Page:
Radial Blur adds two types of blurs to your photo. The method above is the Zoom option – it looks as if you are zooming into a certain point on your object.
The spin blur is illustrated in the image below. It can make you a bit dizzy. In the photo of my girls below, to me it illustrates the feeling of life rushing by on the street as they sat there soaking it all in.
Adding the filter and refining it are both easy. It’s a pixel type edit, so you’ll need to duplicate your background layer to begin with. Then, go to Filter/Blur/Radial Blur.
I used an amount of 10 for both images above – you don’t need much. Use Blur Method to choose between the Spin and Zoom types of blur. For Quality, good is usually fine. Best is very slow but might be helpful if you are working on an enlargement or portfolio piece.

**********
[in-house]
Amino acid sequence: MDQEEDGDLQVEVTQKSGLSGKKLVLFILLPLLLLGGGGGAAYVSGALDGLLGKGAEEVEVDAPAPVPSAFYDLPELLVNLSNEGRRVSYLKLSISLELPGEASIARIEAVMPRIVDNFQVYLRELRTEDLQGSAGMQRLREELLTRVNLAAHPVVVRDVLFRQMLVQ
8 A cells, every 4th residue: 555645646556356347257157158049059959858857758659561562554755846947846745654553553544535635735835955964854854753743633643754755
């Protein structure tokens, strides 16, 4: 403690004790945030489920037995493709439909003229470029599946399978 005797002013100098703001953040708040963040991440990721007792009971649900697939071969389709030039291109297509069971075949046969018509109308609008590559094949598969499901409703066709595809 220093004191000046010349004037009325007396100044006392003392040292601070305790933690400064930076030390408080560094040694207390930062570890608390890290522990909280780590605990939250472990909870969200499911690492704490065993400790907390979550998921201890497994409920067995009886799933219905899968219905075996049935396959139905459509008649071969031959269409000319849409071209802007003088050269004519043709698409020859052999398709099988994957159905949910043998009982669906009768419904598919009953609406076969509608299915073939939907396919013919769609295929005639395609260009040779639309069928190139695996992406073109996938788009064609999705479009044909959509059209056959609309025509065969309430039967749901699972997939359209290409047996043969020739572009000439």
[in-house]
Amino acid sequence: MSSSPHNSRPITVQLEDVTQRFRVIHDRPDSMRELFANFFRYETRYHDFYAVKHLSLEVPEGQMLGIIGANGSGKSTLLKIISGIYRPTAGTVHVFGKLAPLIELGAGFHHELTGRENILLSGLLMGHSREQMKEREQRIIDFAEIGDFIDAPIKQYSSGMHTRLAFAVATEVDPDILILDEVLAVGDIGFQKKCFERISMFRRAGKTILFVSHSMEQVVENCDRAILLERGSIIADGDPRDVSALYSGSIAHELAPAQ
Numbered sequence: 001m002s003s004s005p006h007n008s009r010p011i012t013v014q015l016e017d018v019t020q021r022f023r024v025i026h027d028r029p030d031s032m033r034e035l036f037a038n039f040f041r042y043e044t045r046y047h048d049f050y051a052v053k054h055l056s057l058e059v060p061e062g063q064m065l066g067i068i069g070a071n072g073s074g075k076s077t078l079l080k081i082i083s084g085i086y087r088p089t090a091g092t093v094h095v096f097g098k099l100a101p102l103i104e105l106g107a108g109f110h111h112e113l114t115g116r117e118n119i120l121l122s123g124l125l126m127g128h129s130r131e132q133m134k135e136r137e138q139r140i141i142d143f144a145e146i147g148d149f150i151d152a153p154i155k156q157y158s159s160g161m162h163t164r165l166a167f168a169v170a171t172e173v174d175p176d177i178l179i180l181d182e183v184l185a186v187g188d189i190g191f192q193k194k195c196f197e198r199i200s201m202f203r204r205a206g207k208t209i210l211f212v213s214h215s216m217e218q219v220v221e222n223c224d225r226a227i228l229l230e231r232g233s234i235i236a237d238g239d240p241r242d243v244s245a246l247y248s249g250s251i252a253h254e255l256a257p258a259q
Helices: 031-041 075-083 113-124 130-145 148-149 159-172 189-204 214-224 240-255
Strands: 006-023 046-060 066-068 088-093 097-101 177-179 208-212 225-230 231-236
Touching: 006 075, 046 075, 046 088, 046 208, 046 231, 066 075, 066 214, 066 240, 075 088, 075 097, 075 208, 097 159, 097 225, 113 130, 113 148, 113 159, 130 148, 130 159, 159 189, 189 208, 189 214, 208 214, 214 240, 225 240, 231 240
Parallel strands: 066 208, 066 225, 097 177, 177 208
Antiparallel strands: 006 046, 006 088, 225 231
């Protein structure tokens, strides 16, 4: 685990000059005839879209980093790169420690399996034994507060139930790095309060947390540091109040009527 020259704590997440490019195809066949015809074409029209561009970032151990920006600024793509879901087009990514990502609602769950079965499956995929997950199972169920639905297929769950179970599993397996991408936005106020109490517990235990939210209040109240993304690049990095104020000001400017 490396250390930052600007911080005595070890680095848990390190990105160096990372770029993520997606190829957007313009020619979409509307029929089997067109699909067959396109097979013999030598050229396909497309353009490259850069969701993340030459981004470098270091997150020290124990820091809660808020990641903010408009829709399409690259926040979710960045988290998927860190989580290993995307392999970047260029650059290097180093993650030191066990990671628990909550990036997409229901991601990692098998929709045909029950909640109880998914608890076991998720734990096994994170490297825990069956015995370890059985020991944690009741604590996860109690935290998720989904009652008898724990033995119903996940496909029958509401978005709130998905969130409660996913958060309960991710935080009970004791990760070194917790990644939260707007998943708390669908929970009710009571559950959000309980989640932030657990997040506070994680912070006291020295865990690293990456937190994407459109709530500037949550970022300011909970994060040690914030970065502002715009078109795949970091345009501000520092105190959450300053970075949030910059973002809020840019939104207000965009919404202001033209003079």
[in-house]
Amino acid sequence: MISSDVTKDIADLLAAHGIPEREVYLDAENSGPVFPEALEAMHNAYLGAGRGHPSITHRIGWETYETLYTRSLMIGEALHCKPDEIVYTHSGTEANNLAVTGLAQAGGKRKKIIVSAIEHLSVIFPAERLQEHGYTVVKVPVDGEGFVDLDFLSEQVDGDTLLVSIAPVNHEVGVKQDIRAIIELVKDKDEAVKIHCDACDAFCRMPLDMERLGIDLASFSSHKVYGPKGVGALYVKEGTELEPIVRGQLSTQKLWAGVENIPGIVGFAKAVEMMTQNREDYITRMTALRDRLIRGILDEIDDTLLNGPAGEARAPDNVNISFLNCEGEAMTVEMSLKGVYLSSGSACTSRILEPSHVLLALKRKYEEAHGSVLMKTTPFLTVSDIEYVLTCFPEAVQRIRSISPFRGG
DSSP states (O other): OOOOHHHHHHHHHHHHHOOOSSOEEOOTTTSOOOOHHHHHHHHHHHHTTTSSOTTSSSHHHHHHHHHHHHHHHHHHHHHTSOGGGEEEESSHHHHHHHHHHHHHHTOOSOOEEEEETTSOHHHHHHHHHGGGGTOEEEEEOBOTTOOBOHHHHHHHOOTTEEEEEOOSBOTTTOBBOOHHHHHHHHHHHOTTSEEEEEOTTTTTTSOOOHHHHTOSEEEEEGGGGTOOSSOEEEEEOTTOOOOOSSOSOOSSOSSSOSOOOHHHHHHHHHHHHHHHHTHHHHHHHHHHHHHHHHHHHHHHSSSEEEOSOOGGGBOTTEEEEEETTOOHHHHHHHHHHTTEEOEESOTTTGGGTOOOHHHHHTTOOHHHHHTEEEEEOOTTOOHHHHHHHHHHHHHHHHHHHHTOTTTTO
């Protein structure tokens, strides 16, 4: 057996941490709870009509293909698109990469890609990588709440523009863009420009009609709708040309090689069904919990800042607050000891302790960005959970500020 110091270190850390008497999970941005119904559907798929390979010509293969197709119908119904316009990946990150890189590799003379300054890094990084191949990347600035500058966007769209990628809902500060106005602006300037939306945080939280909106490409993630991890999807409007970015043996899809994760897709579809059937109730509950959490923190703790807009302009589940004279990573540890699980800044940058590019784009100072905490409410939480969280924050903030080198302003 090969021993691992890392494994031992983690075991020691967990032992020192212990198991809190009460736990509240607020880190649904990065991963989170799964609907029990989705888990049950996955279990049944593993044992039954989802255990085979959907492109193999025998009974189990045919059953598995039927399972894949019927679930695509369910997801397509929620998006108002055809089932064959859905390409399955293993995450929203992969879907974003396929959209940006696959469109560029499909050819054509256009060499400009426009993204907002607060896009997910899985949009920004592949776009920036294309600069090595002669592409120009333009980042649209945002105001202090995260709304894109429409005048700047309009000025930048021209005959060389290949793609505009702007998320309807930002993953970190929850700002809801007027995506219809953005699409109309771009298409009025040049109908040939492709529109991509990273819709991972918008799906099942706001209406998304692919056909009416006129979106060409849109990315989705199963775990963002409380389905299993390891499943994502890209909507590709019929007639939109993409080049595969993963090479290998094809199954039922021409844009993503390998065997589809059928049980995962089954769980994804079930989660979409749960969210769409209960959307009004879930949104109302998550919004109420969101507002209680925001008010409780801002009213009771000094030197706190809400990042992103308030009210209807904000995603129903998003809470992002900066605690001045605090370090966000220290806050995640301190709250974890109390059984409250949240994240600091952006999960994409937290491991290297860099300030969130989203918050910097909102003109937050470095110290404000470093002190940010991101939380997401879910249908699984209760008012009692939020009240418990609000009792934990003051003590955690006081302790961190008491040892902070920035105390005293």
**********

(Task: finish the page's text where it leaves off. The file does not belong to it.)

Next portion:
The cool thing about the Radial Blur settings is that you can click and drag the center of the blur using the Blur Center Box. Just click inside and drag the center to the point on your image that you’d like the blur to originate from.
Because you created this blur on a separate layer, you can reduce the layer’s opacity if the effect is too strong. I used 84% opacity in my top image, and 54% in the 2nd.
Finally, I added layer masks to each blur layer to adjust where the blur fell. In the first image, I wanted her eye to be completely in focus, so I painted with a soft round black brush just over her eye.
For the photo of my girls, I masked them out with a full opacity black soft brush. And then I reduced the brush opacity to 50% to mask out the grass in the foreground. The lower opacity brush is represented by the lighter red in this screen shot:
The radial blur in Photoshop Elements is definitely a special effect – special in that it’s not appropriate for all photos. It can contribute to the storytelling aspect of a photo or change its mood, however. Is it something that YOU would ever use?
If you’d like more information about using Photoshop Elements to its full potential, check out my online workshop.